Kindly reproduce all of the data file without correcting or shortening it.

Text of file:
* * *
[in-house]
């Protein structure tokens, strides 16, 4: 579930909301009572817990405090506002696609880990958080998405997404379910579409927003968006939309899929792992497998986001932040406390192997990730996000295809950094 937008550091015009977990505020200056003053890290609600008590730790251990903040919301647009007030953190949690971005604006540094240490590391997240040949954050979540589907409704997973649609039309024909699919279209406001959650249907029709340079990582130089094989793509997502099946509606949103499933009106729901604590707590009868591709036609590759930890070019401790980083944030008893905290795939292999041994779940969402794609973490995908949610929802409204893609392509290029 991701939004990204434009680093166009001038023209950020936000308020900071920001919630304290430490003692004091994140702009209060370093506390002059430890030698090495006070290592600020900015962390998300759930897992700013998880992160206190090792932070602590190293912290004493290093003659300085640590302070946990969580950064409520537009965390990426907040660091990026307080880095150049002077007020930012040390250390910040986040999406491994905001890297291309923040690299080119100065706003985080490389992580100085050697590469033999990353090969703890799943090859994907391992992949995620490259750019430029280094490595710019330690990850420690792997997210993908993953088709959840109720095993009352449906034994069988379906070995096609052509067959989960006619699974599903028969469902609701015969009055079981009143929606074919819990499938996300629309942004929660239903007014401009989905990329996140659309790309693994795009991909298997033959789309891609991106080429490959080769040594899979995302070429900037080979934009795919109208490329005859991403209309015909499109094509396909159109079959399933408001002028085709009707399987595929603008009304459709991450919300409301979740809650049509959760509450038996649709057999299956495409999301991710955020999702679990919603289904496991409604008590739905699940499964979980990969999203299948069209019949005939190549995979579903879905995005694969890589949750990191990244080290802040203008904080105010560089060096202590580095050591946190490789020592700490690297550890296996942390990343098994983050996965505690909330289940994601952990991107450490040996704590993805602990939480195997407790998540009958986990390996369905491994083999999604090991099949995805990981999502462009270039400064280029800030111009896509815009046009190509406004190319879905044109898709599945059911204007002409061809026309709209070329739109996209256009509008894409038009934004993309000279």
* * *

[in-house]
């Protein structure tokens, strides 16, 4: 579930909301009572817990405090506002696609880990958080998405997404379910579409927003968006939309899929792992497998986001932040406390192997990730996000295809950094 937008550091015009977990505020200056003053890290609600008590730790251990903040919301647009007030953190949690971005604006540094240490590391997240040949954050979540589907409704997973649609039309024909699919279209406001959650249907029709340079990582130089094989793509997502099946509606949103499933009106729901604590707590009868591709036609590759930890070019401790980083944030008893905290795939292999041994779940969402794609973490995908949610929802409204893609392509290029 991701939004990204434009680093166009001038023209950020936000308020900071920001919630304290430490003692004091994140702009209060370093506390002059430890030698090495006070290592600020900015962390998300759930897992700013998880992160206190090792932070602590190293912290004493290093003659300085640590302070946990969580950064409520537009965390990426907040660091990026307080880095150049002077007020930012040390250390910040986040999406491994905001890297291309923040690299080119100065706003985080490389992580100085050697590469033999990353090969703890799943090859994907391992992949995620490259750019430029280094490595710019330690990850420690792997997210993908993953088709959840109720095993009352449906034994069988379906070995096609052509067959989960006619699974599903028969469902609701015969009055079981009143929606074919819990499938996300629309942004929660239903007014401009989905990329996140659309790309693994795009991909298997033959789309891609991106080429490959080769040594899979995302070429900037080979934009795919109208490329005859991403209309015909499109094509396909159109079959399933408001002028085709009707399987595929603008009304459709991450919300409301979740809650049509959760509450038996649709057999299956495409999301991710955020999702679990919603289904496991409604008590739905699940499964979980990969999203299948069209019949005939190549995979579903879905995005694969890589949750990191990244080290802040203008904080105010560089060096202590580095050591946190490789020592700490690297550890296996942390990343098994983050996965505690909330289940994601952990991107450490040996704590993805602990939480195997407790998540009958986990390996369905491994083999999604090991099949995805990981999502462009270039400064280029800030111009896509815009046009190509406004190319879905044109898709599945059911204007002409061809026309709209070329739109996209256009509008894409038009934004993309000279």